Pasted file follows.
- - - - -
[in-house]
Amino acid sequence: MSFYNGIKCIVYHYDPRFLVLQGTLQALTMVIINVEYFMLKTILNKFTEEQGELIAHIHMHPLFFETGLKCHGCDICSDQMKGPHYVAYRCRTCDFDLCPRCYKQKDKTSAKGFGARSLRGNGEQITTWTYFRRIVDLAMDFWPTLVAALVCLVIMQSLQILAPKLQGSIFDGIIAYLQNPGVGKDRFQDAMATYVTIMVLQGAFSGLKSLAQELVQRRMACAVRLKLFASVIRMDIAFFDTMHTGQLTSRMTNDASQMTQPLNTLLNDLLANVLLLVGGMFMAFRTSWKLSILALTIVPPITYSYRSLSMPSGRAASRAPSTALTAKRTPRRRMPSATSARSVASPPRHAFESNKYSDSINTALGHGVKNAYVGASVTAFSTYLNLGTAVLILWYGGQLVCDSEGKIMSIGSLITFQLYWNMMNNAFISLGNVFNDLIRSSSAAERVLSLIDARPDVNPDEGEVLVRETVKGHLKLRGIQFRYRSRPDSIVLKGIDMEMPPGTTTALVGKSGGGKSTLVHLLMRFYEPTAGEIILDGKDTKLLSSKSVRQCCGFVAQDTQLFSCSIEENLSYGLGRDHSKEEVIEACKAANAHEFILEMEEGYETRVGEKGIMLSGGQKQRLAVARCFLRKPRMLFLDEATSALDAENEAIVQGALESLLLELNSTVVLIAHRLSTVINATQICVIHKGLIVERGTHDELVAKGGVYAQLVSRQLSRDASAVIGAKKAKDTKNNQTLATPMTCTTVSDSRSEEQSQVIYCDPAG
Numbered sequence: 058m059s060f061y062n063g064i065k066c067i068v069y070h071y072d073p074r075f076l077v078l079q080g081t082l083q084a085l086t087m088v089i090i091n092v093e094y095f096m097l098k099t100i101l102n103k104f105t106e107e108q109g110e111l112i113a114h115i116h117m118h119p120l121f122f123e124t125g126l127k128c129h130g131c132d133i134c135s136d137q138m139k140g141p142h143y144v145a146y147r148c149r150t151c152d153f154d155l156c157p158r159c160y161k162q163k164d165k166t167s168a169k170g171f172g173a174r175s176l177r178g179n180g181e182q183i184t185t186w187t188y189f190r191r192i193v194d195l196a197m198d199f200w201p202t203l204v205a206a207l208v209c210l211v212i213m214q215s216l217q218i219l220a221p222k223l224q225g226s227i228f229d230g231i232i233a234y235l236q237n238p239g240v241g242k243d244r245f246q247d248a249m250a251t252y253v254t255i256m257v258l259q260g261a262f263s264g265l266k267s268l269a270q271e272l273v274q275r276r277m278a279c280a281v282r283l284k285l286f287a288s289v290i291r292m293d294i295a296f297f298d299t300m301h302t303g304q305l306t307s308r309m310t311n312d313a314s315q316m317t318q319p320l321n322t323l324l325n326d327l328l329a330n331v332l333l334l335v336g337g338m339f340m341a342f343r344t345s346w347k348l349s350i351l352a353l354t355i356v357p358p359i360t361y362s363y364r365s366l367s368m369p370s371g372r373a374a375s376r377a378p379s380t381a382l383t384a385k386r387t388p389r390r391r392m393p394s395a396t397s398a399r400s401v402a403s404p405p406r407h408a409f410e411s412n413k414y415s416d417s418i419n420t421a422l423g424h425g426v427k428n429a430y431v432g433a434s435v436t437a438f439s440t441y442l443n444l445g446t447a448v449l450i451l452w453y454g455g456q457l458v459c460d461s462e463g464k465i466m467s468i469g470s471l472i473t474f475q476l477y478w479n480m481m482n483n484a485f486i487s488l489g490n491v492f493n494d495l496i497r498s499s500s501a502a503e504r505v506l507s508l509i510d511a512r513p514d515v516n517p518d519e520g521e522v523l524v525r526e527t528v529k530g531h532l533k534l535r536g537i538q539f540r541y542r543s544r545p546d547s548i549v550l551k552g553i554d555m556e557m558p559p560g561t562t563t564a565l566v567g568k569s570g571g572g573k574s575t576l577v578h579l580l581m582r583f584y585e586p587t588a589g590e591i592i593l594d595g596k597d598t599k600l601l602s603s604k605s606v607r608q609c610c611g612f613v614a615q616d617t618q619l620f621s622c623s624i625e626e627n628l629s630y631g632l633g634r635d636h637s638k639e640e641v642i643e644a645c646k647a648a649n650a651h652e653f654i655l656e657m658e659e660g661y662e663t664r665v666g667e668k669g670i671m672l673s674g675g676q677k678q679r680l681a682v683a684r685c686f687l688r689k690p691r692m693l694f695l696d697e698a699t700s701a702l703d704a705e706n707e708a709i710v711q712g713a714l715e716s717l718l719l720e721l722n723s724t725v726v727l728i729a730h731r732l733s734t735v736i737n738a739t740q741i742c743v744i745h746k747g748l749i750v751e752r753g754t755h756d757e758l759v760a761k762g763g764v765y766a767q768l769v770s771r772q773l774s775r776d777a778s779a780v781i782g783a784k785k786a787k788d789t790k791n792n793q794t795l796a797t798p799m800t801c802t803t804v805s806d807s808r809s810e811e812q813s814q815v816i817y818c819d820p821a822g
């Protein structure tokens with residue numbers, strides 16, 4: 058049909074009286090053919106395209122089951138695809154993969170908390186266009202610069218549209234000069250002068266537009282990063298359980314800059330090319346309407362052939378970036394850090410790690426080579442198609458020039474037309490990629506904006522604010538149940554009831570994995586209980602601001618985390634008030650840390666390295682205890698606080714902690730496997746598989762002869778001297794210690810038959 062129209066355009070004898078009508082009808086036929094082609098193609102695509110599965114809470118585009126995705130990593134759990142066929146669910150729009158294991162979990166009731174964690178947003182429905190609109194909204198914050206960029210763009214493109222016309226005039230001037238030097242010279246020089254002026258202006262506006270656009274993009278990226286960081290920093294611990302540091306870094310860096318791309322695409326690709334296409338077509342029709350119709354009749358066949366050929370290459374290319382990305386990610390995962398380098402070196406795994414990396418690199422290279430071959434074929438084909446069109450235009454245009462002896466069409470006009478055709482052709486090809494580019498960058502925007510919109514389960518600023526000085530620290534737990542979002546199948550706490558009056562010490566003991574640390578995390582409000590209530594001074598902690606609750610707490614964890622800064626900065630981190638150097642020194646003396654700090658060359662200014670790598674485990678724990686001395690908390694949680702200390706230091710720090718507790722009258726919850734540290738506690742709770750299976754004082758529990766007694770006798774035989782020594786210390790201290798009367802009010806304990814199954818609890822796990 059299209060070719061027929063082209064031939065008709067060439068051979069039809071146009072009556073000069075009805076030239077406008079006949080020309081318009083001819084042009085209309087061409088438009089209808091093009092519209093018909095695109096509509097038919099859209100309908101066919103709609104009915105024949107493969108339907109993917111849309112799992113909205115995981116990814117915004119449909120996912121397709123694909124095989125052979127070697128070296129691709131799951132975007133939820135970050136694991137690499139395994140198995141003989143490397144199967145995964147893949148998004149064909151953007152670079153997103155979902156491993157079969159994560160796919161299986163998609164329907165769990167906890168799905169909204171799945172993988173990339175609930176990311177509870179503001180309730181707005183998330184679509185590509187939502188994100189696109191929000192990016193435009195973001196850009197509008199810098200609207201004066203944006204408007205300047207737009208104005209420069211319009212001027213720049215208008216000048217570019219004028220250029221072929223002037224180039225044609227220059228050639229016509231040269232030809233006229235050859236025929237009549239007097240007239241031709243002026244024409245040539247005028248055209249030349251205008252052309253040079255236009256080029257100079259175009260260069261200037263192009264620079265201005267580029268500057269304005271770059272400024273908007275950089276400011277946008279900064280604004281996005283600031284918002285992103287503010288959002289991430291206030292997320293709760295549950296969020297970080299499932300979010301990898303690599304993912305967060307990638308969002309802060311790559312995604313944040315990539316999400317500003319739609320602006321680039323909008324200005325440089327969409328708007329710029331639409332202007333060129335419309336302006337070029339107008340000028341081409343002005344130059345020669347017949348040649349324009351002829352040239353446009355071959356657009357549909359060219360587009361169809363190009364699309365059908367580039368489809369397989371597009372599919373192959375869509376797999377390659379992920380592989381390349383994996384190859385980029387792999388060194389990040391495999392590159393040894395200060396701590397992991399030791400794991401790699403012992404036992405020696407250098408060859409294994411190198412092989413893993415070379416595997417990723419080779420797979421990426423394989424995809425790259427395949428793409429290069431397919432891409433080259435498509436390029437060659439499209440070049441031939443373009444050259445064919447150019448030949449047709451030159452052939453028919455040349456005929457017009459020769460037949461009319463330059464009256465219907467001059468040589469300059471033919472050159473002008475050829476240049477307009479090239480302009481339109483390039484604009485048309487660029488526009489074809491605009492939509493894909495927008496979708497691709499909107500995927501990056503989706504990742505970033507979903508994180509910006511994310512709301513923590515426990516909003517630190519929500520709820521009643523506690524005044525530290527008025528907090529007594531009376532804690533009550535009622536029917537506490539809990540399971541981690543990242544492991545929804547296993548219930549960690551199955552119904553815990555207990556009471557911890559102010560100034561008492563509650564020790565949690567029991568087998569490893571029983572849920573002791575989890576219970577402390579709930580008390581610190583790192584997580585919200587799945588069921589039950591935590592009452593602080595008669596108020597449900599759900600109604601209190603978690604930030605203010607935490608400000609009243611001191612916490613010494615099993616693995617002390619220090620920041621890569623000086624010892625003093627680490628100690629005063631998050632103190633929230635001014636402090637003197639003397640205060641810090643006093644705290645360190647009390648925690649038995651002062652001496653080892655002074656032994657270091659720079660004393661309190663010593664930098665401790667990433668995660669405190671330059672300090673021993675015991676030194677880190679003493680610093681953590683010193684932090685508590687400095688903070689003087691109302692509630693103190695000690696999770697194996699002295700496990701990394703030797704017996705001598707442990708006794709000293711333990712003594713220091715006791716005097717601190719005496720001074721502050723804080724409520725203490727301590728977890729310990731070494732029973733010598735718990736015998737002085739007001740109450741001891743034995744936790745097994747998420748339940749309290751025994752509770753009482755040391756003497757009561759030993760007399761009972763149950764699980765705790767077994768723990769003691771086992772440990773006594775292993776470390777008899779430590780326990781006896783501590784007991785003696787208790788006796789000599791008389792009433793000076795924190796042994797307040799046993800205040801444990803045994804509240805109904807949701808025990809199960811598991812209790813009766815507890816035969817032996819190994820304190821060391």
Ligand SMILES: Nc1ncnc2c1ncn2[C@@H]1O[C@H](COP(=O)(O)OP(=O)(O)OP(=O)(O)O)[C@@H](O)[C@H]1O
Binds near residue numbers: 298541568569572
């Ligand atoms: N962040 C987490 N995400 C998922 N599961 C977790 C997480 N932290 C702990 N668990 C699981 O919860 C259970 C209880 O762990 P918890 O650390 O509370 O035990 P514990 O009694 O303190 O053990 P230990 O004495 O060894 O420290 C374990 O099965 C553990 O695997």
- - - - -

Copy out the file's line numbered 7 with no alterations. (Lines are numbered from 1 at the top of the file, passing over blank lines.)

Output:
């Ligand atoms: N962040 C987490 N995400 C998922 N599961 C977790 C997480 N932290 C702990 N668990 C699981 O919860 C259970 C209880 O762990 P918890 O650390 O509370 O035990 P514990 O009694 O303190 O053990 P230990 O004495 O060894 O420290 C374990 O099965 C553990 O695997």